U’s and me: Colchester United’s worst start for 63 years
It might be a little unfair on new manager Tony Humes, who has only just taken charge, but Colchester United’s poor start to their current season is the worst for 63 years.
The U’s picked up only their second point of the campaign, with a goalless draw at Walsall on Saturday, to mark Humes’ first match at the helm following previous boss Joe Dunne’s departure at the start of last week.
It was a satisfying performance, and a satisfying result, for the under-pressure U’s following five defeats on the spin.
They will now be looking to build on that at Leyton Orient this weekend.
However, the statistics do not lie and the fact is that Colchester have only once before endured a poorer start to a season, since were they initially promoted to the Football League in 1950.
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In only their second season at this level – Division Three South – Jimmy Allen’s side of 1951-52 failed to win any of their first seven league games.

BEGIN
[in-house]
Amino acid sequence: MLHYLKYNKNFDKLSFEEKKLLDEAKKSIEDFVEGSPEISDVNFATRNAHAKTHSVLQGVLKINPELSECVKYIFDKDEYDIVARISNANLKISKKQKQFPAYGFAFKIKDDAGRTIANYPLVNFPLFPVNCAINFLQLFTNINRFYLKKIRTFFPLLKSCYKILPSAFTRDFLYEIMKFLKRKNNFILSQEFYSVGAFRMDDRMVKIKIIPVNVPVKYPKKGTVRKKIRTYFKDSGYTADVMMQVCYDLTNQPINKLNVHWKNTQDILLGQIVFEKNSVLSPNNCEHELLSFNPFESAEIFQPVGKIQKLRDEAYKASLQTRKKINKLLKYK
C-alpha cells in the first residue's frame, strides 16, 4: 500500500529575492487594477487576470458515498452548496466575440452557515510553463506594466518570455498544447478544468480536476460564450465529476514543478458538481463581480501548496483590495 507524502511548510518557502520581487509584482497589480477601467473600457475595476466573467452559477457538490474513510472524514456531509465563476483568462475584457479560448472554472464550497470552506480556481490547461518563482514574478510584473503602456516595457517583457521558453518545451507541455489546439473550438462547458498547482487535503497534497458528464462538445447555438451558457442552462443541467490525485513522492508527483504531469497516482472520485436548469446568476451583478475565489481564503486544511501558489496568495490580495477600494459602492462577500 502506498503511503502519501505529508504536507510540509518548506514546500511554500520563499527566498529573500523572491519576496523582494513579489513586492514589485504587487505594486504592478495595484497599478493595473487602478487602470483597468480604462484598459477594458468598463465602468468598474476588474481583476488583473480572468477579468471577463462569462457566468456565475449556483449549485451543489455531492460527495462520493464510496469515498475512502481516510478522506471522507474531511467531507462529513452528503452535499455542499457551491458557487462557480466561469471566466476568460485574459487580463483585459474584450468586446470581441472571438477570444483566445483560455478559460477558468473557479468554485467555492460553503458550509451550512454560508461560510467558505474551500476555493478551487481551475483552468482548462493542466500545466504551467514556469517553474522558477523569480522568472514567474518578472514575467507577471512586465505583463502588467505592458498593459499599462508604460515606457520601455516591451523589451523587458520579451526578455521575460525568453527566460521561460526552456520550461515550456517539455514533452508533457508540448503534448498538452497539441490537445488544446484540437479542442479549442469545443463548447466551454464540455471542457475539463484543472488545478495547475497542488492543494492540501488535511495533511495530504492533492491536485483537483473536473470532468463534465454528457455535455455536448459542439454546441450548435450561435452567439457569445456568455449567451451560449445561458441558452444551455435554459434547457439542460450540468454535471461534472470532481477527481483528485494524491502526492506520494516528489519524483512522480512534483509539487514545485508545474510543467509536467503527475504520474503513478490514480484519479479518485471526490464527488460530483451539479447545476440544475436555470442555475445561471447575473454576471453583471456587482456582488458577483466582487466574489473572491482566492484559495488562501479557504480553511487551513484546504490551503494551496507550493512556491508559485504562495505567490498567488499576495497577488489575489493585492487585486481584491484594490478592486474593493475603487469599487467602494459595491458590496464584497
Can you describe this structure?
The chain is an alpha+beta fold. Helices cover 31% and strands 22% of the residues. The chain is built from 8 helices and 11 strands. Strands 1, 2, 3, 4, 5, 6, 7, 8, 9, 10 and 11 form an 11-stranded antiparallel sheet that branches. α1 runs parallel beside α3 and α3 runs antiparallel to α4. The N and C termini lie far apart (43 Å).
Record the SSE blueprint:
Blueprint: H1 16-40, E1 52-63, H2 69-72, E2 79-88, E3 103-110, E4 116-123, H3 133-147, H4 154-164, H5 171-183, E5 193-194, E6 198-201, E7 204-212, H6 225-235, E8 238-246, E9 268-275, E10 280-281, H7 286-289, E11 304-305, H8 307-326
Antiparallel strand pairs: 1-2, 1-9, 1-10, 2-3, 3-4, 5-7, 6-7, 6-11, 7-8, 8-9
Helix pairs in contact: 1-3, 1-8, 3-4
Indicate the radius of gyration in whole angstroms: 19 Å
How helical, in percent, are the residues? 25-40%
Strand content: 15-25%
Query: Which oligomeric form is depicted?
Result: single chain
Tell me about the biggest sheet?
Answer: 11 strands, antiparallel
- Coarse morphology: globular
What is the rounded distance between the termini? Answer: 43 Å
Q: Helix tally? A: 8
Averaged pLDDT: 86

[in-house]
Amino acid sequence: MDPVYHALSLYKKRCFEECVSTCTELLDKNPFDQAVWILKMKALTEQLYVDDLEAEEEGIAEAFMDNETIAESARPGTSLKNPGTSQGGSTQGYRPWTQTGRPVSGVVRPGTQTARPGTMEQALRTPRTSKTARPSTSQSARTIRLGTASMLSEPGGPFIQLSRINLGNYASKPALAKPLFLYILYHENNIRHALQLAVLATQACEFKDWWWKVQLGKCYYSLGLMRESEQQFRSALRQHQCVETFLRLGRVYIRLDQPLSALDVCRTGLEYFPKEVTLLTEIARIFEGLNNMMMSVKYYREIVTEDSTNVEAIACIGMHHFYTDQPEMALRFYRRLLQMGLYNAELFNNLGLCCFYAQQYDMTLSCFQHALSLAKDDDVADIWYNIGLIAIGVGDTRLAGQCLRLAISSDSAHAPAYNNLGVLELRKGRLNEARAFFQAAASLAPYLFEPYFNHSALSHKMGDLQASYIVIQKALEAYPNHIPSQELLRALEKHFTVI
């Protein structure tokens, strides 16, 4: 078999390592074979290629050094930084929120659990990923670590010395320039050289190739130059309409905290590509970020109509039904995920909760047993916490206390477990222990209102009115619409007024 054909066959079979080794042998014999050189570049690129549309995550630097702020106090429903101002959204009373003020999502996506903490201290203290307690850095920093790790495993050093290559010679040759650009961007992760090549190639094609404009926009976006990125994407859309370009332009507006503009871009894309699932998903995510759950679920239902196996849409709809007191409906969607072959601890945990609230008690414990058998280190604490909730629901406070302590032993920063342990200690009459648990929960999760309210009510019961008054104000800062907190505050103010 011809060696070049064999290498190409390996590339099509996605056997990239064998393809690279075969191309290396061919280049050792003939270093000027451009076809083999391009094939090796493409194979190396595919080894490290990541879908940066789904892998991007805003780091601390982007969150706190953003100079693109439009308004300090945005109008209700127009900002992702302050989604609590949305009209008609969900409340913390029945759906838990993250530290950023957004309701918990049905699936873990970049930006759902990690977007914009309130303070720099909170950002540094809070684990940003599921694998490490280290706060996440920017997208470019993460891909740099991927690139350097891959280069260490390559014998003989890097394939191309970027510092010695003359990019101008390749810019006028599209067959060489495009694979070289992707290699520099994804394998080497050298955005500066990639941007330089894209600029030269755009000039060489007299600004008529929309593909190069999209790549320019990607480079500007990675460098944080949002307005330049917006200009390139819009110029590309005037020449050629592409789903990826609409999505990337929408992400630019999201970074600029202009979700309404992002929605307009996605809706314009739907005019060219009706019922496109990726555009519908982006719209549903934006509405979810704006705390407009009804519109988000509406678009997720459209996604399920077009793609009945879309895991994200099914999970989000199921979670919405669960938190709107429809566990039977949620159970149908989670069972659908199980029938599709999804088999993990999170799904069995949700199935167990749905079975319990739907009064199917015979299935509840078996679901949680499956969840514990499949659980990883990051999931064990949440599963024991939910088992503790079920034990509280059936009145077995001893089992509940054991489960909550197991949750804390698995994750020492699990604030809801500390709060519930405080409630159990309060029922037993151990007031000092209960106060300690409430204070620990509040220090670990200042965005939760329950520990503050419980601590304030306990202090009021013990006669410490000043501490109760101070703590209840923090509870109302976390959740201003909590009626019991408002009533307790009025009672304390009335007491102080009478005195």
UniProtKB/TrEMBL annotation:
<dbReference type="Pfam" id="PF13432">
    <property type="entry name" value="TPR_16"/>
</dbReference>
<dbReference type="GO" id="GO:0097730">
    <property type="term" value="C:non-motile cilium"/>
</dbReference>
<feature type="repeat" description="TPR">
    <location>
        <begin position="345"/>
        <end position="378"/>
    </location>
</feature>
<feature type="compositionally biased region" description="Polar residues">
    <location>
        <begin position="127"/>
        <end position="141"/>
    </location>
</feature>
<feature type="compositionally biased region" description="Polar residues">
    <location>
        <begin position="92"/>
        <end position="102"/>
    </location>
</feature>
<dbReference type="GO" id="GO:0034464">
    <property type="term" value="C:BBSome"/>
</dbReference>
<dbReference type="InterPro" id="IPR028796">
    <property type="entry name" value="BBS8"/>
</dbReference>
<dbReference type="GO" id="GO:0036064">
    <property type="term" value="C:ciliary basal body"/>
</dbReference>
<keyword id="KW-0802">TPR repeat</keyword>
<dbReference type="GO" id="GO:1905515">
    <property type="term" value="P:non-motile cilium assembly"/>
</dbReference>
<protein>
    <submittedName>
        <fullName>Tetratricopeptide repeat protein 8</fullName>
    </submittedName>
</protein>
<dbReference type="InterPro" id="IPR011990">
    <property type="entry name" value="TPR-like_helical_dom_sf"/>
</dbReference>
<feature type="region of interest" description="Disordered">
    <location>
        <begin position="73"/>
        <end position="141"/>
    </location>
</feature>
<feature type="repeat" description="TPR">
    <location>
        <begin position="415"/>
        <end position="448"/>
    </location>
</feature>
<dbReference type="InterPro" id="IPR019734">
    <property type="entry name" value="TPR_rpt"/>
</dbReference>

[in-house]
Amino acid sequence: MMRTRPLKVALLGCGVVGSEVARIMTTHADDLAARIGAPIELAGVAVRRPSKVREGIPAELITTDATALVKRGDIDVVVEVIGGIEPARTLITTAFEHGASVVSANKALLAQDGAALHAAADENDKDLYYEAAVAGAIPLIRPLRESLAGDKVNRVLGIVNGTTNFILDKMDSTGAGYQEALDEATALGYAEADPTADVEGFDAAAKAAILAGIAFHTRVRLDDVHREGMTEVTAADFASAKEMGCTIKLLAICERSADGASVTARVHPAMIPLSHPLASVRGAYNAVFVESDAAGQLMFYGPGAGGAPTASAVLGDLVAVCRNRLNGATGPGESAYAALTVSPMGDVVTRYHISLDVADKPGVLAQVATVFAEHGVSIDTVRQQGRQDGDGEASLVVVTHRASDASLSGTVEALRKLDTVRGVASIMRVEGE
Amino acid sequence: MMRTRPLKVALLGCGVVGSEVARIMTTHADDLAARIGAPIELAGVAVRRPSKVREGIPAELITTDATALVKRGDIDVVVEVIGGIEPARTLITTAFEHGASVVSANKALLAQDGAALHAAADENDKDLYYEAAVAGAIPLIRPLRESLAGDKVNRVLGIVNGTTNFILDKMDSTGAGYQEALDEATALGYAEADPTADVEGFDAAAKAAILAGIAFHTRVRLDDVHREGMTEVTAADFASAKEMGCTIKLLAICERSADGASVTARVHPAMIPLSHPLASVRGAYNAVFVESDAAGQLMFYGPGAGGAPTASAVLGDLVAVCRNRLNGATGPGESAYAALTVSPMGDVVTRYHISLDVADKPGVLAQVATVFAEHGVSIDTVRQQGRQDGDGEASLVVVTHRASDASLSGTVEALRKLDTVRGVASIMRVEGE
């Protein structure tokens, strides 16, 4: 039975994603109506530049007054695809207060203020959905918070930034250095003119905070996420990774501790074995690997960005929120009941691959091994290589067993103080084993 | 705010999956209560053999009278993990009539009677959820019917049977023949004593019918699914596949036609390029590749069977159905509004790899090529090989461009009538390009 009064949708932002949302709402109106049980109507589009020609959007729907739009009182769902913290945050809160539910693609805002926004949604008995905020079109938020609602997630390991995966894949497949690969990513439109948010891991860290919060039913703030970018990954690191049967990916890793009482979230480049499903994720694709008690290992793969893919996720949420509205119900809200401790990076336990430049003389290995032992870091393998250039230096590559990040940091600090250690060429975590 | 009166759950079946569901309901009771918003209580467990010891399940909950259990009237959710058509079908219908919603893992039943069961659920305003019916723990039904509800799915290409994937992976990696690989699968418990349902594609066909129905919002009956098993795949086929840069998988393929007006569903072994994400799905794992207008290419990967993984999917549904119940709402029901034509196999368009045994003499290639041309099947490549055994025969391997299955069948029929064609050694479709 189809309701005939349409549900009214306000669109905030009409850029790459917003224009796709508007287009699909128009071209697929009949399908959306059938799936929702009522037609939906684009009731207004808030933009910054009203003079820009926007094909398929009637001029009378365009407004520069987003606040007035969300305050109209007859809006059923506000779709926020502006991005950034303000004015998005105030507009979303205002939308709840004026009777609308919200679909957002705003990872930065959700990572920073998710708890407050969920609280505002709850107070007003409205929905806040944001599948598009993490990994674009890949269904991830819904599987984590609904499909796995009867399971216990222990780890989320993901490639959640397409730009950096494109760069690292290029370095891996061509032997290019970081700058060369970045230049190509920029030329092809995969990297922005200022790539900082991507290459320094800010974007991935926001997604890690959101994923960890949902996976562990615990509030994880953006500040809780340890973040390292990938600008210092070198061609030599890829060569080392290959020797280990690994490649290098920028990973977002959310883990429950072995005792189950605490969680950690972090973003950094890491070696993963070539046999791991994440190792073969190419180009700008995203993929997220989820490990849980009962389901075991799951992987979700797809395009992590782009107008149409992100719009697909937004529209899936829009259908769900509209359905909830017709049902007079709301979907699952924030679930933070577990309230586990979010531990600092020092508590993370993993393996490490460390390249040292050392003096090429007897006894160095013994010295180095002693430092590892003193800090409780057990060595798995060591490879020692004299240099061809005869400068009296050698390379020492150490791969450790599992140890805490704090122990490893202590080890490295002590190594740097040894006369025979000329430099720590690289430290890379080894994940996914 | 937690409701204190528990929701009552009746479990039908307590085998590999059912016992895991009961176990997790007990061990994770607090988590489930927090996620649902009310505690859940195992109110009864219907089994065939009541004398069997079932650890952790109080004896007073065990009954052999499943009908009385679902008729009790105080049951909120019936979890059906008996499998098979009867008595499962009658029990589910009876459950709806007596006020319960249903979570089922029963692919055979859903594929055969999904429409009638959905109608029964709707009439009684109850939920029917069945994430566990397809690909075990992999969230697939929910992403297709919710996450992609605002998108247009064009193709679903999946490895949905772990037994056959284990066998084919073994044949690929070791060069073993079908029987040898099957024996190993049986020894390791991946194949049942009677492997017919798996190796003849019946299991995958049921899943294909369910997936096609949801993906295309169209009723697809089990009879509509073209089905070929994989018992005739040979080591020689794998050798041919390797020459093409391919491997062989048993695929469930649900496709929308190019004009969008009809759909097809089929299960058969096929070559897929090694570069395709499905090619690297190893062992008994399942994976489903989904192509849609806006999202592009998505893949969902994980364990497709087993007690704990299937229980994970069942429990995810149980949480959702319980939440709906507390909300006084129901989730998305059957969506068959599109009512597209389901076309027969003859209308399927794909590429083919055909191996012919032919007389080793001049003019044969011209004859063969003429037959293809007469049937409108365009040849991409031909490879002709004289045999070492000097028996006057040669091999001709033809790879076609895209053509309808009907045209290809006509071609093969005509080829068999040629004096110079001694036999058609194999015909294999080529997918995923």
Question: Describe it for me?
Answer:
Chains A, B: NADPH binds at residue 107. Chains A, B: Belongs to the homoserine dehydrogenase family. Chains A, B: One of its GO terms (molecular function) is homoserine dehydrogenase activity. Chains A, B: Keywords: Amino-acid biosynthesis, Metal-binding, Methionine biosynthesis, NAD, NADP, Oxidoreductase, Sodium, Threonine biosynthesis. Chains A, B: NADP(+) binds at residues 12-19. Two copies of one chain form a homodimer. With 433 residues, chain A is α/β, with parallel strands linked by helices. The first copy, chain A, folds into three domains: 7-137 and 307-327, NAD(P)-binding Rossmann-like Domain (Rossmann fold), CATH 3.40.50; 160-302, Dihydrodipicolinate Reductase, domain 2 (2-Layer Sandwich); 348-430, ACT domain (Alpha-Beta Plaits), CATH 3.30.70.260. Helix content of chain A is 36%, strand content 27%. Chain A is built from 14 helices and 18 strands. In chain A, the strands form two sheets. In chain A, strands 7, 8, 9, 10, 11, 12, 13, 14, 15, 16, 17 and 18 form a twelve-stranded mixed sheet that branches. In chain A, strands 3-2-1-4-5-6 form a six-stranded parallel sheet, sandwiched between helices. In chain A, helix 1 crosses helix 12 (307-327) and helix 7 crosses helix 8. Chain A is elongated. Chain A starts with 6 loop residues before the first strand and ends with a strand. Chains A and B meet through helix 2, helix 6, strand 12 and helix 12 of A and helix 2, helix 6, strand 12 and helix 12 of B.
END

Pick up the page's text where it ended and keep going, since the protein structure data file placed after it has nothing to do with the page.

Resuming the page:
Whereas the current-day U’s have taken two points from a possible 18 in their first six games, the class of 1951-52 mustered just one solitary point from a possible 21.
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The one positive was a 1-1 home draw in their first league game, when Vic Keeble scored.
Ironically, though, Humes’ current squad can take heart from the experiences of 63 years ago, because Allen’s men soon found their feet, going on an unbeaten eight-game run and eventually finishing the season in mid-table in 10th spot.
Any hopes of the U’s posting a top 10 finish seem far-fetched at present, and certainly most U’s fans would just be happy with a third successive season of just avoiding the drop.
No Colchester team has played in the fourth tier for 16 years, ever since Steve Wignall’s side clinched promotion in 1998, and Humes has time on his side to change the club’s fortunes around.